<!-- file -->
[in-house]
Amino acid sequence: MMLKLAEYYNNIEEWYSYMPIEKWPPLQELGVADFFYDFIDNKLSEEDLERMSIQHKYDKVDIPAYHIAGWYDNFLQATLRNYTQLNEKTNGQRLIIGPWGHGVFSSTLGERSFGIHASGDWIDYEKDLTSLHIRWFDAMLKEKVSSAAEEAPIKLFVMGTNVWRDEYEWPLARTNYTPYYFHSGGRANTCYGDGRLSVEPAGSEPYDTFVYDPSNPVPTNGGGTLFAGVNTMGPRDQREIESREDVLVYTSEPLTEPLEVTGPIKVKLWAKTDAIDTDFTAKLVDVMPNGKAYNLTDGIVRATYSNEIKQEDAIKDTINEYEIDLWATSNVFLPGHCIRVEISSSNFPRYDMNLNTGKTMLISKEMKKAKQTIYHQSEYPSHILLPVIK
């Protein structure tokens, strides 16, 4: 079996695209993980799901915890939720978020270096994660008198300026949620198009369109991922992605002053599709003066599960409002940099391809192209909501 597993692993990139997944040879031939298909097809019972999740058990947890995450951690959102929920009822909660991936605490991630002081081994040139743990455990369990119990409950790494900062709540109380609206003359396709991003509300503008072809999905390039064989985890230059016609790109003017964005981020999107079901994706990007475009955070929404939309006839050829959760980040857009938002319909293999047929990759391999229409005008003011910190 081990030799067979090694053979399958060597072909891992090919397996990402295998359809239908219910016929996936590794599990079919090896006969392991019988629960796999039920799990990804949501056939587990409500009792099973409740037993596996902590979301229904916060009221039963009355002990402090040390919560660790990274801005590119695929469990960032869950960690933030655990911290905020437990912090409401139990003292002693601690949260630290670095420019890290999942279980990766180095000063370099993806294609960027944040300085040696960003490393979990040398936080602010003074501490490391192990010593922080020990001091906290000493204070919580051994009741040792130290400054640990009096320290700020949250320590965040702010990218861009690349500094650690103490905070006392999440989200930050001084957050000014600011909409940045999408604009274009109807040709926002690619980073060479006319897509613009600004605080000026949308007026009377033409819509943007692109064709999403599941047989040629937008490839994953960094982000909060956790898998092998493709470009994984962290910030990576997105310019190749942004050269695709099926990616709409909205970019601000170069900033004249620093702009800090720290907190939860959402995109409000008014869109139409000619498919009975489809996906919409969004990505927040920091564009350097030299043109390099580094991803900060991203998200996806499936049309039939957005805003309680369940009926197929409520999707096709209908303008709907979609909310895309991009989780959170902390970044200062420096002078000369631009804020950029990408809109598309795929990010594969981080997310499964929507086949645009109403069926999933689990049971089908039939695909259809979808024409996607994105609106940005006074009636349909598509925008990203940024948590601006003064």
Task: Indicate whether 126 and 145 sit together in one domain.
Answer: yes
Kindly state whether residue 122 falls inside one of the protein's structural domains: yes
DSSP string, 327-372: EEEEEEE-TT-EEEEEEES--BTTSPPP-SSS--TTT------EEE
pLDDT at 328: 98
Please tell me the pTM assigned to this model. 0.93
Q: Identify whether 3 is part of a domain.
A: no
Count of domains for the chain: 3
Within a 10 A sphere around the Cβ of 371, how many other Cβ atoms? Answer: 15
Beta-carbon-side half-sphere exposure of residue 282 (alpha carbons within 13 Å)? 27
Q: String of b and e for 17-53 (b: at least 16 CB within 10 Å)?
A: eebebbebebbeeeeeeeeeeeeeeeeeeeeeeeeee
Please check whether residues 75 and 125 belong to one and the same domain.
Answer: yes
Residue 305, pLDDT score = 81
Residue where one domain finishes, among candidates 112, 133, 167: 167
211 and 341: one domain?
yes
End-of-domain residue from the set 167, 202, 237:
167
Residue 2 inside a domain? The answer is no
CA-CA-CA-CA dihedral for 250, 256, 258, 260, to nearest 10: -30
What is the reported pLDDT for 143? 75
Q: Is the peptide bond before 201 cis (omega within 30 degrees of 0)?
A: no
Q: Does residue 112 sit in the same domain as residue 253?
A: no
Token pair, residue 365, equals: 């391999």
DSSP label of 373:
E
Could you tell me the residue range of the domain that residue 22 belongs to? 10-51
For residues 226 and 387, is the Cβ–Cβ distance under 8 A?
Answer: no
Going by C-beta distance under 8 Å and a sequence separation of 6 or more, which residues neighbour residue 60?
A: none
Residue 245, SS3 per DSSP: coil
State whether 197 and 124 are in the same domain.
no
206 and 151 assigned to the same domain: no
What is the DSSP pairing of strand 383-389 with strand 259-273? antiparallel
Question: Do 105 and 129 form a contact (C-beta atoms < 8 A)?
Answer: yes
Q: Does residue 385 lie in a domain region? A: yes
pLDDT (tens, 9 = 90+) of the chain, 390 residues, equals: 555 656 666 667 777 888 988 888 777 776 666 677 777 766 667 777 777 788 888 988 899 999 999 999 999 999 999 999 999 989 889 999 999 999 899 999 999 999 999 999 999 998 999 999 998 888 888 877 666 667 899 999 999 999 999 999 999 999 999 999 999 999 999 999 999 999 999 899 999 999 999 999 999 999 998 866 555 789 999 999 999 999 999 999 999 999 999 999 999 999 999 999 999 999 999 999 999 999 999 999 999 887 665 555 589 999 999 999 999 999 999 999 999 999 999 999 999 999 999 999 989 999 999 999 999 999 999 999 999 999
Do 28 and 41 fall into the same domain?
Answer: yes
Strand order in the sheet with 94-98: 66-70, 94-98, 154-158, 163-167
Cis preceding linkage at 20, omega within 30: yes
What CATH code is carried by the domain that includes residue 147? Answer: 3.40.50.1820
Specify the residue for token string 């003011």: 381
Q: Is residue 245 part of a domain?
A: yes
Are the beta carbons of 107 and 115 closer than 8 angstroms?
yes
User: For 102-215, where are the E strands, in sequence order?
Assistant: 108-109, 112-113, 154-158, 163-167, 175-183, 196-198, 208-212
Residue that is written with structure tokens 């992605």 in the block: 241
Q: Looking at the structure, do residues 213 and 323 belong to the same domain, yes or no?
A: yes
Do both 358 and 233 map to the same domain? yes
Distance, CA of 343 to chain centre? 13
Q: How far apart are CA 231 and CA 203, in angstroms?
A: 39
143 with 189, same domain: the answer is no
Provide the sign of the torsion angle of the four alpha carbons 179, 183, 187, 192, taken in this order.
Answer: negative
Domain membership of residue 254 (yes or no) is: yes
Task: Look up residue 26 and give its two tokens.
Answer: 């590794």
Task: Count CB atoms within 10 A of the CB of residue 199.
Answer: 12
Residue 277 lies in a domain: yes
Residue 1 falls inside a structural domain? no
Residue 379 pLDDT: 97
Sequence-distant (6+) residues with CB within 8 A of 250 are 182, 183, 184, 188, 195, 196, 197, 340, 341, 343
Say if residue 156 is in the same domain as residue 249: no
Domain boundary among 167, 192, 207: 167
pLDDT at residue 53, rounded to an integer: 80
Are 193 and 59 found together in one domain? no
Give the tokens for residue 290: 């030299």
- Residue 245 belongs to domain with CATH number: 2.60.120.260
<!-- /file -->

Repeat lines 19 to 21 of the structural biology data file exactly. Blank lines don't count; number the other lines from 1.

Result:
Residue 305, pLDDT score = 81
Residue where one domain finishes, among candidates 112, 133, 167: 167
211 and 341: one domain?